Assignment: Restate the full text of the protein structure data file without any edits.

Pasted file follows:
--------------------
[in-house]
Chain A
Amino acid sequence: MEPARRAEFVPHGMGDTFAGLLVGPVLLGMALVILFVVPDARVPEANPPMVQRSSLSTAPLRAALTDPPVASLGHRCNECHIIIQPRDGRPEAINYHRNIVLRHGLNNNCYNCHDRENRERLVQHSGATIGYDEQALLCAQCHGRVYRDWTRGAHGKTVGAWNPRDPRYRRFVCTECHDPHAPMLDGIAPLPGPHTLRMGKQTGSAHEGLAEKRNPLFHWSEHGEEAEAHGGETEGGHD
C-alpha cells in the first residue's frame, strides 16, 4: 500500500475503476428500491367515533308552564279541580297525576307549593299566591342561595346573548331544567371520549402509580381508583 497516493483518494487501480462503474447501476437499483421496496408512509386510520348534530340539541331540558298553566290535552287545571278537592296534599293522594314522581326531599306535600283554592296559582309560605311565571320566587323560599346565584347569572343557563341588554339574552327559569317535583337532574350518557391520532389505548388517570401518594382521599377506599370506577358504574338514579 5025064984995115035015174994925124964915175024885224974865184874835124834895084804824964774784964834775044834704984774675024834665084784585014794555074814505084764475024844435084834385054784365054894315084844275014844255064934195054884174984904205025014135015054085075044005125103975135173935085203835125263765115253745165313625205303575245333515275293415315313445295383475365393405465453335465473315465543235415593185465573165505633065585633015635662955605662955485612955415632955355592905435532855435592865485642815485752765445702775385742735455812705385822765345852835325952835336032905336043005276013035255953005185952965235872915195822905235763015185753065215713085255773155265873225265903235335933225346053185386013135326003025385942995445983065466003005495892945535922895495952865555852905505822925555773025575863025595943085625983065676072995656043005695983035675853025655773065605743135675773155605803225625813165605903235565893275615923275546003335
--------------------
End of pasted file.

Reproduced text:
[in-house]
Chain A
Amino acid sequence: MEPARRAEFVPHGMGDTFAGLLVGPVLLGMALVILFVVPDARVPEANPPMVQRSSLSTAPLRAALTDPPVASLGHRCNECHIIIQPRDGRPEAINYHRNIVLRHGLNNNCYNCHDRENRERLVQHSGATIGYDEQALLCAQCHGRVYRDWTRGAHGKTVGAWNPRDPRYRRFVCTECHDPHAPMLDGIAPLPGPHTLRMGKQTGSAHEGLAEKRNPLFHWSEHGEEAEAHGGETEGGHD
C-alpha cells in the first residue's frame, strides 16, 4: 500500500475503476428500491367515533308552564279541580297525576307549593299566591342561595346573548331544567371520549402509580381508583 497516493483518494487501480462503474447501476437499483421496496408512509386510520348534530340539541331540558298553566290535552287545571278537592296534599293522594314522581326531599306535600283554592296559582309560605311565571320566587323560599346565584347569572343557563341588554339574552327559569317535583337532574350518557391520532389505548388517570401518594382521599377506599370506577358504574338514579 5025064984995115035015174994925124964915175024885224974865184874835124834895084804824964774784964834775044834704984774675024834665084784585014794555074814505084764475024844435084834385054784365054894315084844275014844255064934195054884174984904205025014135015054085075044005125103975135173935085203835125263765115253745165313625205303575245333515275293415315313445295383475365393405465453335465473315465543235415593185465573165505633065585633015635662955605662955485612955415632955355592905435532855435592865485642815485752765445702775385742735455812705385822765345852835325952835336032905336043005276013035255953005185952965235872915195822905235763015185753065215713085255773155265873225265903235335933225346053185386013135326003025385942995445983065466003005495892945535922895495952865555852905505822925555773025575863025595943085625983065676072995656043005695983035675853025655773065605743135675773155605803225625813165605903235565893275615923275546003335